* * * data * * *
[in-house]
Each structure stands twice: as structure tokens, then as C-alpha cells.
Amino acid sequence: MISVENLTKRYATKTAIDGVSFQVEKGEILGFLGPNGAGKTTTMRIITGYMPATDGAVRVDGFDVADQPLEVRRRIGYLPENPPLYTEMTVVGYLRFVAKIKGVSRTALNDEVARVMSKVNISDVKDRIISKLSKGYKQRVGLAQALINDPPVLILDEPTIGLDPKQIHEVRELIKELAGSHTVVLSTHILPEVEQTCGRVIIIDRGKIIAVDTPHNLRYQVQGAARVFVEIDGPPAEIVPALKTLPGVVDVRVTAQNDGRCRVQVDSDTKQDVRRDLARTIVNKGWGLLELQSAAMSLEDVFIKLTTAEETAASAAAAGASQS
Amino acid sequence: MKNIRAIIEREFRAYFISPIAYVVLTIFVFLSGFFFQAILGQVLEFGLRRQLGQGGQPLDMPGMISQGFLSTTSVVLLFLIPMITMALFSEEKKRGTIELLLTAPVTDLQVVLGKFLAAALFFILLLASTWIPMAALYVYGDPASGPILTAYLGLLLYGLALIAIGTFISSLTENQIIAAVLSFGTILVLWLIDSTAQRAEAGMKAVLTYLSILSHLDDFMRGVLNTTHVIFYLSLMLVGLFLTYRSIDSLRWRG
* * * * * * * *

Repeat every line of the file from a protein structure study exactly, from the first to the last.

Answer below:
[in-house]
Each structure stands twice: as structure tokens, then as C-alpha cells.
Amino acid sequence: MISVENLTKRYATKTAIDGVSFQVEKGEILGFLGPNGAGKTTTMRIITGYMPATDGAVRVDGFDVADQPLEVRRRIGYLPENPPLYTEMTVVGYLRFVAKIKGVSRTALNDEVARVMSKVNISDVKDRIISKLSKGYKQRVGLAQALINDPPVLILDEPTIGLDPKQIHEVRELIKELAGSHTVVLSTHILPEVEQTCGRVIIIDRGKIIAVDTPHNLRYQVQGAARVFVEIDGPPAEIVPALKTLPGVVDVRVTAQNDGRCRVQVDSDTKQDVRRDLARTIVNKGWGLLELQSAAMSLEDVFIKLTTAEETAASAAAAGASQS
Amino acid sequence: MKNIRAIIEREFRAYFISPIAYVVLTIFVFLSGFFFQAILGQVLEFGLRRQLGQGGQPLDMPGMISQGFLSTTSVVLLFLIPMITMALFSEEKKRGTIELLLTAPVTDLQVVLGKFLAAALFFILLLASTWIPMAALYVYGDPASGPILTAYLGLLLYGLALIAIGTFISSLTENQIIAAVLSFGTILVLWLIDSTAQRAEAGMKAVLTYLSILSHLDDFMRGVLNTTHVIFYLSLMLVGLFLTYRSIDSLRWRG